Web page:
An article by Eliza Burdon.
I had a client recently (Eliza) who started to talk about the experience of panic as a seemingly uncontrollable journey. I liked that idea very much and we started to call it The Chaos Train. I asked her to write an article about it as it seemed such a useful idea.
The train stops at stations on its journey to the hub. Along the way it picks up passengers and freight, (burdens to take to the hub) as each hub is reached the burdens are delivered and the result of them expressed. In the case of this particular Chaos Train they are panic, anxiety and sadness.
I think the fascinating insight Eliza had was that it all felt really chaotic and out of control. Of course it feels like that because it is panic but it is not as chaotic as it feels. The train has to stop at the stations on the way to the hub and pick up burdens otherwise there is nothing to take to the hub and nothing to be expressed. By making choices and deliberately not stopping at the stations on the route Eliza places a structure on her sense of chaos. She fights the darkness and despair and she makes a journey she wants to make not the default journey her Chaos Train may make if left to its own devices. Here is Eliza’s article.
The Chaos Train
All aboard the Chaos Train, final destination Anxiety. All change for Sadness and Depression.
Living in a continuous state of anxiety is chaotic. Panic is predictably unpredictable. We seem to have no idea of when it will strike and yet somehow it is always a certainty that it will. When the panic finally loosens its grip on us, whether that means a panic attack has passed or a stressful phase has ended, we can’t find a reason for it happening in the first place. Our minds will tell us there is no reason, leading us to simply “accept” how chaotic and unpredictable our anxiety is. We lose faith in our bodies and lose sight of how we’re ever going to get better because we can’t ever establish a reason for our behaviours.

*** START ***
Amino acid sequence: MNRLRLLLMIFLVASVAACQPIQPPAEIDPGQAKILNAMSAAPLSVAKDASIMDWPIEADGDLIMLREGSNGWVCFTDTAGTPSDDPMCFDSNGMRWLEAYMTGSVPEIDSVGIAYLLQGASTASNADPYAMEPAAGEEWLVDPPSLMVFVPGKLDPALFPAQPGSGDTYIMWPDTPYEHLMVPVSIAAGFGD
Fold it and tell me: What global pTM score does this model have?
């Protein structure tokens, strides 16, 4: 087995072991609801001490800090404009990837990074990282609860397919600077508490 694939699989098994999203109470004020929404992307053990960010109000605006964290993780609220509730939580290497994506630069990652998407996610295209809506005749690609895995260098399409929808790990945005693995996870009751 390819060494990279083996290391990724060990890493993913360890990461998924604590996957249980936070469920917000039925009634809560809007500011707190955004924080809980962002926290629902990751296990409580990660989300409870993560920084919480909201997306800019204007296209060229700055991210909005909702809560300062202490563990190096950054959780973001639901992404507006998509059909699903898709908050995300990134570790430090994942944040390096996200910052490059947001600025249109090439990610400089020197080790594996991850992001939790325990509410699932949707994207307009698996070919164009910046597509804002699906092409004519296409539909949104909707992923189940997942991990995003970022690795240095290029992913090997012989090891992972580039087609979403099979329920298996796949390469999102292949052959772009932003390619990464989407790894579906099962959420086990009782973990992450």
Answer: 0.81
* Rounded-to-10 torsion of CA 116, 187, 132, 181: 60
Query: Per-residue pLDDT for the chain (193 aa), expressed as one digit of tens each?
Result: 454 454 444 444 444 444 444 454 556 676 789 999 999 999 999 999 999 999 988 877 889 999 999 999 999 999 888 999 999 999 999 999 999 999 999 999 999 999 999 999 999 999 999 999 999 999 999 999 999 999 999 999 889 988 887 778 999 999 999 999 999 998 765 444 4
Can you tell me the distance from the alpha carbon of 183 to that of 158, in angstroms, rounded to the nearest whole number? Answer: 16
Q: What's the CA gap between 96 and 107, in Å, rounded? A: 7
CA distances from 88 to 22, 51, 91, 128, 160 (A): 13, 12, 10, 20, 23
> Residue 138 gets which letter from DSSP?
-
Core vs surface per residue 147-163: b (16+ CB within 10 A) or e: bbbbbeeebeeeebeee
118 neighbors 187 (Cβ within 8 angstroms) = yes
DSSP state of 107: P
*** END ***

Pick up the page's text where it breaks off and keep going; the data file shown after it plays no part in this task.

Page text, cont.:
The truth is it’s not all that chaotic. Anxiety and the resulting sadness and depression comes as the final culmination of a series of bad behaviours and disordered thinking. The chaos we feel we’re living in is a symptom of our anxiety taking hold of our lives, and accepting that it is that way allows it to act up if and when it pleases. Last time you did this was a Friday and today is a Tuesday? Here’s a panic attack for you. Last time you were here you wore red and now you’re wearing blue? Panic attack for you. Nothing seems all that different? Have a panic attack anyway. Your anxious mind can sense any difference in a situation, and all the chaotic steps you’ve taken to allow anxiety into your life add together to produce what feels like a very unpredictable fear response to just about anything. Yet, in reality, it is entirely predictable, it’s going to happen because you’ve accepted the idea that it’s out of your own control.
The Chaos Train is the journey you take to those major hubs, Anxiety and Depression. At each stop on the way you collect more and more behaviours and beliefs that lead to full blown anxiety disorders and predictably unpredictable panic. Each one is an essential element, they work together to seize control of your mind and create chaos.
It looks a little like this, though each persons individual stops may differ.
Other stops could include inflexibility, a lack of willingness to try things out of your comfort zone or things which are not part of your usual routine will lead to anxiety and panic. Similarly being concerned that other people will judge you. Catastrophising is a major cause of both anxiety and sadness. Catastrophising means allowing your thoughts to run away from you, and believing in only the worst case scenarios. This could be that you won’t be able to cope and you’ll have a panic attack, or that you’ll never get better.
It’s simple to build up to the “Hubs”, a series of faulty thoughts and feelings of being out of control leads to panic fairly quickly. On the other hand, breaking it back down isn’t quite so easy. It’s a slow moving train back to where you started. The best way to approach it is to break it down, cutting one station out at a time. For example, if you can combat catastrophising, you’re less likely to believe in the worst case scenario becoming a reality. With a little more faith, seeing events more realistically instead of living in a fantasy world where everything goes wrong, you would be opened up to a whole new level of freedom. In the same way, combating each station on the Chaos Train journey one step at a time, picking up a little less baggage at each stop, your anxiety would have so much less control over you, and in that, the chaos would dissolve.
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